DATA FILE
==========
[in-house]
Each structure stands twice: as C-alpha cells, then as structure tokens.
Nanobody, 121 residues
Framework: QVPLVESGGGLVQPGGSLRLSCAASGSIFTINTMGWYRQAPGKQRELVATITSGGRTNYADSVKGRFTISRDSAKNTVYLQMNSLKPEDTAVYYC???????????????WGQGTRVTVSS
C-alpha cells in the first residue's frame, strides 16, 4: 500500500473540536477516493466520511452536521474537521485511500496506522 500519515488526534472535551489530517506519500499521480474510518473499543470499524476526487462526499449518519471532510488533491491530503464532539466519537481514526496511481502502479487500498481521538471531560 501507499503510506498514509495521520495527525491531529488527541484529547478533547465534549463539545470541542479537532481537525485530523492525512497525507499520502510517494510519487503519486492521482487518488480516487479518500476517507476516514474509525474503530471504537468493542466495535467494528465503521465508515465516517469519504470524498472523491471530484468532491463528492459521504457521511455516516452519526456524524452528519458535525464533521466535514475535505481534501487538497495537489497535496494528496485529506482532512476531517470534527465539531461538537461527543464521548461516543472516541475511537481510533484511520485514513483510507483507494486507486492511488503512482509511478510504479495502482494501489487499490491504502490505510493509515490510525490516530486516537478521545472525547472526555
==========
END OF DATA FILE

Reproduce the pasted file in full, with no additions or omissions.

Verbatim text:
[in-house]
Each structure stands twice: as C-alpha cells, then as structure tokens.
Nanobody, 121 residues
Framework: QVPLVESGGGLVQPGGSLRLSCAASGSIFTINTMGWYRQAPGKQRELVATITSGGRTNYADSVKGRFTISRDSAKNTVYLQMNSLKPEDTAVYYC???????????????WGQGTRVTVSS
C-alpha cells in the first residue's frame, strides 16, 4: 500500500473540536477516493466520511452536521474537521485511500496506522 500519515488526534472535551489530517506519500499521480474510518473499543470499524476526487462526499449518519471532510488533491491530503464532539466519537481514526496511481502502479487500498481521538471531560 501507499503510506498514509495521520495527525491531529488527541484529547478533547465534549463539545470541542479537532481537525485530523492525512497525507499520502510517494510519487503519486492521482487518488480516487479518500476517507476516514474509525474503530471504537468493542466495535467494528465503521465508515465516517469519504470524498472523491471530484468532491463528492459521504457521511455516516452519526456524524452528519458535525464533521466535514475535505481534501487538497495537489497535496494528496485529506482532512476531517470534527465539531461538537461527543464521548461516543472516541475511537481510533484511520485514513483510507483507494486507486492511488503512482509511478510504479495502482494501489487499490491504502490505510493509515490510525490516530486516537478521545472525547472526555